- Easier to use because now you can call a class name.
- Consistent styling.
- Easier to maintain since we're using IconMoon and if we need to change something we just upload and export. Also we no longer need an icon folder with tones of shit in it.
It wouldn't be a good library if there's no good documents. We've realized this early on, so apart of focusing on getting things right with our codebase, we were also heavily invested in crafting the perfect documentations so that others after us could see and know what's going on. One thing I was glad is that we implemented all the styling back into the library page (which you're seeing right now). We basically create and apply at the same time to know what's good or bad and what needs to be addressed. Also, all the demos are pretty much interactive, you can go ahead and try them out.
What Have We Learned?
Building this component library helps us strengthen our skills. It trained us to think ahead. At the beginning we were stuck with the mindset of why building something when we don't even have it in our current system. Then we got passed that and realized we're building for the future, not present, we're building these components to maintain the present but also to scale it in the future, that's how a lot of these components come around and crafted.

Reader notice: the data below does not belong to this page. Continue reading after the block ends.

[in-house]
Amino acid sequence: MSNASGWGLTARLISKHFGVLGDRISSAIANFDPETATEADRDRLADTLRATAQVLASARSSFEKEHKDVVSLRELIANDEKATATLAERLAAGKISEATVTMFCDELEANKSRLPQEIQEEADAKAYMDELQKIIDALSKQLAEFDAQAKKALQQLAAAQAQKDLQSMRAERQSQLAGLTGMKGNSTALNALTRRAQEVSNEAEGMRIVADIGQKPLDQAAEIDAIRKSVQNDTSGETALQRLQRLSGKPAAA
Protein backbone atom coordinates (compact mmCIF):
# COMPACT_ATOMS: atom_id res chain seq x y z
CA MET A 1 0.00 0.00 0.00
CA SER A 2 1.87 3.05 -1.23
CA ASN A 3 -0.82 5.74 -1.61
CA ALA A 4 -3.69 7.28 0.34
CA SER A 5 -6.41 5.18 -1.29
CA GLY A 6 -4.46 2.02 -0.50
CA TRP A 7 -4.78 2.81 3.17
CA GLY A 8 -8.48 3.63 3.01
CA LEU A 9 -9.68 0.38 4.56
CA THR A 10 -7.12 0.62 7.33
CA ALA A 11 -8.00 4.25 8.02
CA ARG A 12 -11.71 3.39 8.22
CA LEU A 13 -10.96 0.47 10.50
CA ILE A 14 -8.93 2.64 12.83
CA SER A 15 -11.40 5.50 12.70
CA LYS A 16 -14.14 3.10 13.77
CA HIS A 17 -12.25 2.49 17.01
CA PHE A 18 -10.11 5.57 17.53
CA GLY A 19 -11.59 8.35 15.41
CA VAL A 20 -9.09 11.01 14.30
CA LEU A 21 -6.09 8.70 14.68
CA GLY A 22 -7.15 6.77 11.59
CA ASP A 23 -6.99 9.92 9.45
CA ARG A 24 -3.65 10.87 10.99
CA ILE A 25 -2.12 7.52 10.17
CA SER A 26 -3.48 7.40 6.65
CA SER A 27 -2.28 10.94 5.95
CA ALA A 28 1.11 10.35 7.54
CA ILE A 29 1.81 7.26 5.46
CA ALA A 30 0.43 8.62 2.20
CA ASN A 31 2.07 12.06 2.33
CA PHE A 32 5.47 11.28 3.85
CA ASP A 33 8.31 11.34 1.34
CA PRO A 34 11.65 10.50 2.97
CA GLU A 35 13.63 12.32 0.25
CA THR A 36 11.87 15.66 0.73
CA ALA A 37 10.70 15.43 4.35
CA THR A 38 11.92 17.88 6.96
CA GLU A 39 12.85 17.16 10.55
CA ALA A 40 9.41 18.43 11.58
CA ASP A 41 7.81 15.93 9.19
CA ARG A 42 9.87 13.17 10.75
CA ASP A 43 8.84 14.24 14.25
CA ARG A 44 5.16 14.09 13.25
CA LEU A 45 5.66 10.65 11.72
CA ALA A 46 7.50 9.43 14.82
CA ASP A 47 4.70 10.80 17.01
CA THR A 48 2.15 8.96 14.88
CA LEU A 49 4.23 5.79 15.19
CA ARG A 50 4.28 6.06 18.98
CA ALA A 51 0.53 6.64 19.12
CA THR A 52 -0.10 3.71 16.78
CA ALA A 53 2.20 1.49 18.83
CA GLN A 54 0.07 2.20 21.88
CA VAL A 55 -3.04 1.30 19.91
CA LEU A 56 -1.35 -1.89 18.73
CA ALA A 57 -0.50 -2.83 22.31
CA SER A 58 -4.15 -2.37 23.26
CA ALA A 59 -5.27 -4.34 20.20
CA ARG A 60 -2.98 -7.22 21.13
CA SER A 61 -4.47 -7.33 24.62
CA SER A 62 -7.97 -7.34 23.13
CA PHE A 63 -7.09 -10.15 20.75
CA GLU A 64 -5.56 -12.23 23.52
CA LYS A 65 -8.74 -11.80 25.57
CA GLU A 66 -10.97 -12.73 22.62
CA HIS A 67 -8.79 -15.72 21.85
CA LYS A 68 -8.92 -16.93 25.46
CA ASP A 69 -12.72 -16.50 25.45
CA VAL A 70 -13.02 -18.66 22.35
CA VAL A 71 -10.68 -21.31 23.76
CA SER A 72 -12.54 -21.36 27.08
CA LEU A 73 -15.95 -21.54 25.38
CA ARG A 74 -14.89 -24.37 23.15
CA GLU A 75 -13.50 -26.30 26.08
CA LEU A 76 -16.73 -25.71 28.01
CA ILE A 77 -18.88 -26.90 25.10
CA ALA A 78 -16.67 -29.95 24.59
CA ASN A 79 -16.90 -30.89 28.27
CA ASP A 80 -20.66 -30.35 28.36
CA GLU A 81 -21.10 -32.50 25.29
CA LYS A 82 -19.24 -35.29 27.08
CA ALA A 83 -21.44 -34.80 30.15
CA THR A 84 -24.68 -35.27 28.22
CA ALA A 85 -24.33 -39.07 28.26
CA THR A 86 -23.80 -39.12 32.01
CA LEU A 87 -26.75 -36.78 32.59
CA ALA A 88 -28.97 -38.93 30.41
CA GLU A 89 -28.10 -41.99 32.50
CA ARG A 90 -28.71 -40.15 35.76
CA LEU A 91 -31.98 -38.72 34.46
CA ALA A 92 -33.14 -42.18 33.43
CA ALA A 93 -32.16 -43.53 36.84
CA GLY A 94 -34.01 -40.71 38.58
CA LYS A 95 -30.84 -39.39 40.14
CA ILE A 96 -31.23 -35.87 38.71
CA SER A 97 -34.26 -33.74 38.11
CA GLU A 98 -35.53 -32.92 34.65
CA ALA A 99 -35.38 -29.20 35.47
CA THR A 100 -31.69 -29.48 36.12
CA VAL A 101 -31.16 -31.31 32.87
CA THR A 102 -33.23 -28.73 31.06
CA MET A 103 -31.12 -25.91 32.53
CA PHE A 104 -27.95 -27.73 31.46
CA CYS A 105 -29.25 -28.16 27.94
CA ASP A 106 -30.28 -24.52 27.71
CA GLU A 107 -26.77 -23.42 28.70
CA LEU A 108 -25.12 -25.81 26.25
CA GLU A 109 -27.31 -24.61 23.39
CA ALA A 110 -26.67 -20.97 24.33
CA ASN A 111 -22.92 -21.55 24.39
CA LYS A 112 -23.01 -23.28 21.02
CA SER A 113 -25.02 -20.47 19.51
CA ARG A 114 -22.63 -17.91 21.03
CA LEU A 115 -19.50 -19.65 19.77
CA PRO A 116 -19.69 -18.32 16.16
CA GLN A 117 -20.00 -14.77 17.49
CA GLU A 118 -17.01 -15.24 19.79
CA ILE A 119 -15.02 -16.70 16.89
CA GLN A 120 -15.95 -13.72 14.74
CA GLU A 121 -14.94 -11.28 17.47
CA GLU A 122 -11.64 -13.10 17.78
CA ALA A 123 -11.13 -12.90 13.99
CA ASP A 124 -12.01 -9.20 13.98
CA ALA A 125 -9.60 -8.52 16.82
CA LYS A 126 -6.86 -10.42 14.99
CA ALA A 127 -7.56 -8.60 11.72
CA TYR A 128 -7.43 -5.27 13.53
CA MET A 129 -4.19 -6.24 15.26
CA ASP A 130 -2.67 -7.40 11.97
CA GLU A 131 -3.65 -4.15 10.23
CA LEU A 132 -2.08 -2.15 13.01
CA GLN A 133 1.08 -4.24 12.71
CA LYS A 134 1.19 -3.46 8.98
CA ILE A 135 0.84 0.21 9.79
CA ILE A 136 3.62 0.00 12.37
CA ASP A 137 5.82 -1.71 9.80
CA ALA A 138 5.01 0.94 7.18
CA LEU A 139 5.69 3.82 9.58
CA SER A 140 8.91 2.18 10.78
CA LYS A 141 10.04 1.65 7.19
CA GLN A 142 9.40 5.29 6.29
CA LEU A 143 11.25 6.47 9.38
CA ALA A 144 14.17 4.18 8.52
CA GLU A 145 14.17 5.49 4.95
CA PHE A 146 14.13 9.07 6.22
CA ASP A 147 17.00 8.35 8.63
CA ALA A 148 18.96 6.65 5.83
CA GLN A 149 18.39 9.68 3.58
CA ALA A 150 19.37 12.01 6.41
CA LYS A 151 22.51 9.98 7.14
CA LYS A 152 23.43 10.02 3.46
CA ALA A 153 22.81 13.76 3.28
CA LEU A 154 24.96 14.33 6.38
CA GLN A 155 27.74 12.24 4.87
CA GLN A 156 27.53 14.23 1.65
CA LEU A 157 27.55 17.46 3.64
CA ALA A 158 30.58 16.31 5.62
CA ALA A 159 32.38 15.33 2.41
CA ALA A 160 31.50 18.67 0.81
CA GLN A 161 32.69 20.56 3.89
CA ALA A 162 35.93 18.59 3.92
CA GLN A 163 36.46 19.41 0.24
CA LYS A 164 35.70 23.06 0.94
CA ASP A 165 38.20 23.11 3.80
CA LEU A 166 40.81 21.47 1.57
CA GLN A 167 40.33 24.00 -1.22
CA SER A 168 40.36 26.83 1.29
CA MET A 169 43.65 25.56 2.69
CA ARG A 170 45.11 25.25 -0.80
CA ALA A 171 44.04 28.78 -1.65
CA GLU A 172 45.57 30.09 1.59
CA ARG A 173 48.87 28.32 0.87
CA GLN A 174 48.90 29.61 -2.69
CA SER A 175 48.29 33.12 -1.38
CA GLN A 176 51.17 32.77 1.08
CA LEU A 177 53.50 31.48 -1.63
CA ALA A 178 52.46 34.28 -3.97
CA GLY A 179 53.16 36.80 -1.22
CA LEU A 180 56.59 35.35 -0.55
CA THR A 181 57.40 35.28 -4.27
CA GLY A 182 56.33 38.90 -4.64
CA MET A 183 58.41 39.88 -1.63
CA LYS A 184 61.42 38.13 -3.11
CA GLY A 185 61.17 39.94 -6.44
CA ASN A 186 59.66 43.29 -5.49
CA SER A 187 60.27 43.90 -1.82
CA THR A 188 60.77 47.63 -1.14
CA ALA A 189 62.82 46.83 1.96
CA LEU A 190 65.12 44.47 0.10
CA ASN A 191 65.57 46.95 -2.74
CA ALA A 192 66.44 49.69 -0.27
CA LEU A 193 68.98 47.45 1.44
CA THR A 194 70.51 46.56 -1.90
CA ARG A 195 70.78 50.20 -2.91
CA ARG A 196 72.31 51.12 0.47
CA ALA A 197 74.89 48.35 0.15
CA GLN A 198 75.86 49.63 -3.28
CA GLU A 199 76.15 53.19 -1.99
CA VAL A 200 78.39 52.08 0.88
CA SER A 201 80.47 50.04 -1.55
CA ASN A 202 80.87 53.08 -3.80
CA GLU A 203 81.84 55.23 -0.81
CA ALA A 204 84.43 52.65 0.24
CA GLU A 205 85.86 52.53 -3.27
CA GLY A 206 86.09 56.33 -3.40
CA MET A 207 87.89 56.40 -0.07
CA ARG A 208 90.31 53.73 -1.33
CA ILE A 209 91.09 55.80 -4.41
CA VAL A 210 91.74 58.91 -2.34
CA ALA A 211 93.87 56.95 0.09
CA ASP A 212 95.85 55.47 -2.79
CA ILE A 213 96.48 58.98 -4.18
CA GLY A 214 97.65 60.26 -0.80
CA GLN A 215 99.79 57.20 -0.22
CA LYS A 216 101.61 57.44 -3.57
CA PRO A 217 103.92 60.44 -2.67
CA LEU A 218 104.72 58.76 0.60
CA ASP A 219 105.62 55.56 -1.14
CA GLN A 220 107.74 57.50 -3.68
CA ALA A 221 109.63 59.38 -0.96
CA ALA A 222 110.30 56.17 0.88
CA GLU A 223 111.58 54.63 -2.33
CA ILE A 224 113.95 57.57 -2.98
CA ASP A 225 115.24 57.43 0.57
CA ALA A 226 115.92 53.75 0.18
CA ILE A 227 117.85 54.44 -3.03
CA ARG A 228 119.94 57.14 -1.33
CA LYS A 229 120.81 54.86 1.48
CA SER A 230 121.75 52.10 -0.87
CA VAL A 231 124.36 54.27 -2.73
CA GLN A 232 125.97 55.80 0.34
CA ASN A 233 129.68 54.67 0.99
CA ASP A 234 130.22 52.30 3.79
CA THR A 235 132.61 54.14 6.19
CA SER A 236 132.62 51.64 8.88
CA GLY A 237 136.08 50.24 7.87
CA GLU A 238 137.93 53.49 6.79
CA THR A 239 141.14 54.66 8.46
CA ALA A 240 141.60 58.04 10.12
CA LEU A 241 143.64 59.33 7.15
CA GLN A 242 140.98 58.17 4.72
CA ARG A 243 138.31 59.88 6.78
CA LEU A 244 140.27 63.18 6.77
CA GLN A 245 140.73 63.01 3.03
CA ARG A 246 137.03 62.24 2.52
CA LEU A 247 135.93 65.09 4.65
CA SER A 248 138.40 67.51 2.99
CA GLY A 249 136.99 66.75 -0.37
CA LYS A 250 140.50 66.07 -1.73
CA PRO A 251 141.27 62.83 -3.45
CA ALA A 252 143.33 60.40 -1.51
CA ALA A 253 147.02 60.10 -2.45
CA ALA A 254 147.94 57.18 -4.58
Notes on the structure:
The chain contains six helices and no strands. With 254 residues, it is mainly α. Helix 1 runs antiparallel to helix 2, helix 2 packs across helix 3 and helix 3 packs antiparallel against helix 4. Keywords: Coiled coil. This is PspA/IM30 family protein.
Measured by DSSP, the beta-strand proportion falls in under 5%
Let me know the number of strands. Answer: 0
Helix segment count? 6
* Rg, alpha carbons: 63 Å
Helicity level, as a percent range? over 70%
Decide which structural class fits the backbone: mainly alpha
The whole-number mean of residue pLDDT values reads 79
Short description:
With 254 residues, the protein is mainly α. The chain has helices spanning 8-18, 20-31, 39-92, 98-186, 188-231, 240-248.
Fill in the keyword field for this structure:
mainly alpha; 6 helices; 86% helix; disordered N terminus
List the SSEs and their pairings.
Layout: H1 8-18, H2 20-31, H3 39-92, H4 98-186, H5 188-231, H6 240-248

Where Are We Going From Here?
This library isn't a reason for us to stop right here. This is version 1. And there's hope for many more to come. And this library will be maintained by the Design Team and their new salary bonus (hah, kidding again). But the point is that we now have a system and we're confident that with this system acting as a strong foundation, we're on track for building and scaling our product toward the future.
Quick last thing, the level of confidence we are in now.
Shout out to you if you've made it all the way to the bottom of this post!
Thanks to Phuoc, Tri, Trung and Hiep for working with me on this project. Thanks for staying super rad from the beginning to the end.
This post was written by Cong just a few days before Christmas MMXV.🎄